Why is my Wi-Fi So Slow?
There are few things as frustrating as slow and unreliable Internet. Sometimes Wi-Fi lag hits you suddenly; other times it’s a slow build with your Wi-Fi speeds dropping over time. Some of the most common reasons for slow Wi-Fi include:
- Router location – walls, appliances, and metal can cause signal interference between your router and devices, resulting in slower Internet speeds.
- Too many devices connected to your network – gaming consoles, smartphones, laptops, tablets, and smart home devices all demand data. Having many devices connected to your Wi-Fi at once can slow it down.
- Location of your devices – if you’re using a device that’s in a room away from the router, you may experience a weak signal and slower Internet as a result.
- Unsecured network – an unprotected network can be prone to Wi-Fi freeloaders, adding more devices to your network.
Any combination of these could cause your WiFi speeds to plummet well below what you expect.
How to Test Internet Speed
You should first test your wired internet speed (the speed between your service provider and your modem) to establish a base speed. There are a variety of internet speed tests available online, or you can check with your service provider if they offer one. Most online internet speed tests include three measures: ping rate, download, and upload speeds. Ping rates are the reaction time of your internet connection and are measured in milliseconds (ms). A ping rate under 20ms is considered great. Ping over 150ms results in noticeable lag. Download speed is how quickly data from the server is sent to you. Download speeds are often designed to be higher than upload speeds since most activity online is a form of download. Download speeds impact how quickly web pages load and how often online videos need to buffer, if at all. Upload speed is how quickly your data is sent to others. This is especially important when sending emails with files attached or using video chat.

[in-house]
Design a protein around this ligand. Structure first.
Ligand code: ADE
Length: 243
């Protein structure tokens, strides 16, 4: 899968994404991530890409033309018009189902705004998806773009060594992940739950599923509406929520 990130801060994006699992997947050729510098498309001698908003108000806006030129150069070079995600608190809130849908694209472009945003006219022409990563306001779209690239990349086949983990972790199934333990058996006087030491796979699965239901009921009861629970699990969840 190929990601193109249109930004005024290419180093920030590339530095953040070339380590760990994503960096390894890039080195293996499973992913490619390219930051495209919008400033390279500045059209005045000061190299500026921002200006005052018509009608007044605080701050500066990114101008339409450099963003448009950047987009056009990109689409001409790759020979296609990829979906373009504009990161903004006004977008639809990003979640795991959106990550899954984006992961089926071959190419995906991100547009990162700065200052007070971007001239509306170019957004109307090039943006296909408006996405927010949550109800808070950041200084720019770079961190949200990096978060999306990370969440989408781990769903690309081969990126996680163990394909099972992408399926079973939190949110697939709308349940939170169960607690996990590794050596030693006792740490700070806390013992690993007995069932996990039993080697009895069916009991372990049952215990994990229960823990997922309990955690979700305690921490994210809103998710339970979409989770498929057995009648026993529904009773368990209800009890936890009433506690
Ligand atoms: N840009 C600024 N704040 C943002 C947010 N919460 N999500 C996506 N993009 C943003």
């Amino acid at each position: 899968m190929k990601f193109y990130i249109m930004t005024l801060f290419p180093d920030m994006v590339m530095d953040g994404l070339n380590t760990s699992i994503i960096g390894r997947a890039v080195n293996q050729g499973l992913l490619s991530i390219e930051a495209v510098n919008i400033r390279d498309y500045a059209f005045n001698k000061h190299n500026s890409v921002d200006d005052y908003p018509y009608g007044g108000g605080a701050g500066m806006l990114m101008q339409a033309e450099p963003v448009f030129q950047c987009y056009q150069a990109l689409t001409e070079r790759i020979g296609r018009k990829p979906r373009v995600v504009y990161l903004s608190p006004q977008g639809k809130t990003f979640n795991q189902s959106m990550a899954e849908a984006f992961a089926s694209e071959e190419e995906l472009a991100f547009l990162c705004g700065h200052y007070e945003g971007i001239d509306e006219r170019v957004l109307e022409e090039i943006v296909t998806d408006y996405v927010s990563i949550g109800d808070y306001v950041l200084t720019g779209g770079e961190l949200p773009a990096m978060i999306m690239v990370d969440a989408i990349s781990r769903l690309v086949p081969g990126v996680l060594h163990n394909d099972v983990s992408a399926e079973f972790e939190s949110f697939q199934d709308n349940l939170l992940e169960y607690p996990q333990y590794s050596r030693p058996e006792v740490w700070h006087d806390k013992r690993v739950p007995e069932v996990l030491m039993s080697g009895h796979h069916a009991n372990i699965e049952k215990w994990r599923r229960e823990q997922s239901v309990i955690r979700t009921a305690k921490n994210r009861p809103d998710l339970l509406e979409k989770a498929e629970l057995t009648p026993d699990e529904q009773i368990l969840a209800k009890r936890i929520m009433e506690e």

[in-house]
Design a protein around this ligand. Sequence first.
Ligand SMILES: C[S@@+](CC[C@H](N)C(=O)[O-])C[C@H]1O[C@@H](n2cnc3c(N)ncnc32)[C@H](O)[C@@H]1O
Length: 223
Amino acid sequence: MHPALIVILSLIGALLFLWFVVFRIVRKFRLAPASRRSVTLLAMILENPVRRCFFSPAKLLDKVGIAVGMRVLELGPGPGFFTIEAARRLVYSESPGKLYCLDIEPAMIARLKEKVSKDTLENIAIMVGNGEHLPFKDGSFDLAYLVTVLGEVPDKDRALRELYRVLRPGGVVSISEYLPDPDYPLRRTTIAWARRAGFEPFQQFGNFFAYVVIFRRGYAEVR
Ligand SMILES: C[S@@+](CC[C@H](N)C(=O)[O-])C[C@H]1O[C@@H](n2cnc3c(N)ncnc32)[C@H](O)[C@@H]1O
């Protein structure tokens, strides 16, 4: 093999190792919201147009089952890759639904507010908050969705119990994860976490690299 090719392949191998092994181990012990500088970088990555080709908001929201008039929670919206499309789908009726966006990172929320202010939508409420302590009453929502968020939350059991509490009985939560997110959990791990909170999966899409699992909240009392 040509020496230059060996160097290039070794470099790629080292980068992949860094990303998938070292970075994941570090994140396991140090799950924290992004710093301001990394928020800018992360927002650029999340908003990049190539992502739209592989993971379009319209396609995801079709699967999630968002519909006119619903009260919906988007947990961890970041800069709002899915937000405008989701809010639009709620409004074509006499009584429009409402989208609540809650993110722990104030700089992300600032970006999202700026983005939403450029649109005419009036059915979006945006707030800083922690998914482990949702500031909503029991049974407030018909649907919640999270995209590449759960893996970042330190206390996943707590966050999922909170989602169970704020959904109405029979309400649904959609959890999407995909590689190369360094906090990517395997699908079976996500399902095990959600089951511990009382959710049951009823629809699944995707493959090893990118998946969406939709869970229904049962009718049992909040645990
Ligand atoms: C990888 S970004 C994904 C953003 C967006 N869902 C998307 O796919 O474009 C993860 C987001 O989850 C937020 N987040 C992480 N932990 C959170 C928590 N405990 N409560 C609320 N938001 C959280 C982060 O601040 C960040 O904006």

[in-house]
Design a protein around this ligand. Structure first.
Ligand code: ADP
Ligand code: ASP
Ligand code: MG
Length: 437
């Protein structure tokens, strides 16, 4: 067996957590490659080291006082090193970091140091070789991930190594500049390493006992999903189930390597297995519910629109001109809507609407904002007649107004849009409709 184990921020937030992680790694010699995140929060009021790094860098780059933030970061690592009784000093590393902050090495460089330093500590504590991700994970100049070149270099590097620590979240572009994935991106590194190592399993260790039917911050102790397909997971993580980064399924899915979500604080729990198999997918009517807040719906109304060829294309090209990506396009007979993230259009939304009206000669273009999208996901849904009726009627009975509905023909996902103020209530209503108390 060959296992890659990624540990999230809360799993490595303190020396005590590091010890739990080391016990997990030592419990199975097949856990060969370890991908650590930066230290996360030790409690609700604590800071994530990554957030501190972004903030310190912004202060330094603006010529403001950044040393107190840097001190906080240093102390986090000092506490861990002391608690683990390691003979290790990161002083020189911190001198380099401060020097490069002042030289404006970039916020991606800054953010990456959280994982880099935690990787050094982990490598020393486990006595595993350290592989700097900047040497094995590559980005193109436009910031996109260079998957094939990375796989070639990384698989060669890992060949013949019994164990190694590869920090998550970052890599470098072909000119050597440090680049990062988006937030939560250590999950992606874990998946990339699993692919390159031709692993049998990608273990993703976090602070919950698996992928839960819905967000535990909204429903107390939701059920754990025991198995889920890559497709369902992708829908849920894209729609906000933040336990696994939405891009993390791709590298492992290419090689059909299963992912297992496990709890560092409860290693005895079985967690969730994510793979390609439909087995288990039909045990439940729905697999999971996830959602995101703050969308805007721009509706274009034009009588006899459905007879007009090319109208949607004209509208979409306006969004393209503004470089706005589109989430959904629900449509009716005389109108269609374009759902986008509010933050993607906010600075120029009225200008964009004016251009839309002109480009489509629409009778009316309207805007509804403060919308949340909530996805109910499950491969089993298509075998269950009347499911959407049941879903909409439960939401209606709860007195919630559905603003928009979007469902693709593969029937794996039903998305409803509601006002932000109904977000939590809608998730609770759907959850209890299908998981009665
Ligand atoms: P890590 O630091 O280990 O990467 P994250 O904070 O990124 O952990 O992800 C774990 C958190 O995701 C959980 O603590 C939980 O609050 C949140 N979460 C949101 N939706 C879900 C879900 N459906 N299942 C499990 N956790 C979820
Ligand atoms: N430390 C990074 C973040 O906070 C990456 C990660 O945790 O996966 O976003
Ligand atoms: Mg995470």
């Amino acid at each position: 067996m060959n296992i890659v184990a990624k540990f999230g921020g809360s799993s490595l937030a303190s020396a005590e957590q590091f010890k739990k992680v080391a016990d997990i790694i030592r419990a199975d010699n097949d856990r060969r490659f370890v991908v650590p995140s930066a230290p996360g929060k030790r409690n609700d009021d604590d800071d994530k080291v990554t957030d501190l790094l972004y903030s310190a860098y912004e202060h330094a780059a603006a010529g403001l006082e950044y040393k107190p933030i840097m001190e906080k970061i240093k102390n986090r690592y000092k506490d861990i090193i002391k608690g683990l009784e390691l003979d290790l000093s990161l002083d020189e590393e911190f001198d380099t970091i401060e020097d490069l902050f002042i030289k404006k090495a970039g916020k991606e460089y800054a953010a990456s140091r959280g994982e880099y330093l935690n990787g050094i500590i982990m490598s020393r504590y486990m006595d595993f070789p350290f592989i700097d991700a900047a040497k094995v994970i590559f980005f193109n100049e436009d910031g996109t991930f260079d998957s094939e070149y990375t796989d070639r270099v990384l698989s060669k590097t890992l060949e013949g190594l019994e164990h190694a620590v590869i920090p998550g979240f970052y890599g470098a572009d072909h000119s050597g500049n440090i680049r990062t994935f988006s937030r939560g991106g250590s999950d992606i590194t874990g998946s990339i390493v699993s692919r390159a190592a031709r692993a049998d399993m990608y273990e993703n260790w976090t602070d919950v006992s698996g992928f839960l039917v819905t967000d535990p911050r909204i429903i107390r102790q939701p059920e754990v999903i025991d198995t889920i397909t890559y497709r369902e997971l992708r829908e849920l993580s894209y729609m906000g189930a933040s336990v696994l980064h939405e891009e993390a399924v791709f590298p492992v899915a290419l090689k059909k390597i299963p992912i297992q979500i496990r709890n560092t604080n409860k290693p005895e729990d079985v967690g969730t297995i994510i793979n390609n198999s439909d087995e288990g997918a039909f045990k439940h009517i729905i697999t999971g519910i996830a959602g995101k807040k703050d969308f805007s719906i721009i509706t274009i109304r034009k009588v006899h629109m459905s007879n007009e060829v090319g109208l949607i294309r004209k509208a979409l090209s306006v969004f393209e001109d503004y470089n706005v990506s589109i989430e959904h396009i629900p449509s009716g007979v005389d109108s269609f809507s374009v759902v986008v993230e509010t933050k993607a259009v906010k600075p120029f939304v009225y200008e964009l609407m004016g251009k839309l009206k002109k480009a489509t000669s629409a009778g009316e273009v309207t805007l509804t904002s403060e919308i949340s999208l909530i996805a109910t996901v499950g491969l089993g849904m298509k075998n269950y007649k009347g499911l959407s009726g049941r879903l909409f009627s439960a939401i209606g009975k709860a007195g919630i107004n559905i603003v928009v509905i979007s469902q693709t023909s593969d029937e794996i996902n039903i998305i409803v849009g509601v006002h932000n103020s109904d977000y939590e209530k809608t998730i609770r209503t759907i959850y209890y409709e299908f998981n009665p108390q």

How to Improve Wi-Fi Speeds
- Keep your router in an open and central location. Things like appliances, walls, and large metal objects can all negatively impact your WiFi signal, and hence, your speeds.
- Make sure your router is updated. Updating your router’s firmware helps keep malware from stealing your bandwidth and slowing your Internet speed.
- Keep Wi-Fi hogs in check and remove unknown devices off of your network. Having too many devices on your network, or older, slower devices can significantly slow your Wi-Fi speeds down. You can easily manage the devices connected to your home network by using a Managed WiFi solution that gives you the tools you need to manage all of your connected devices, as well as keep unwanted devices off your network.
- Use a Wi-FI booster or extender. Wi-Fi boosters and extenders help to eliminate the areas of your home with weak connections.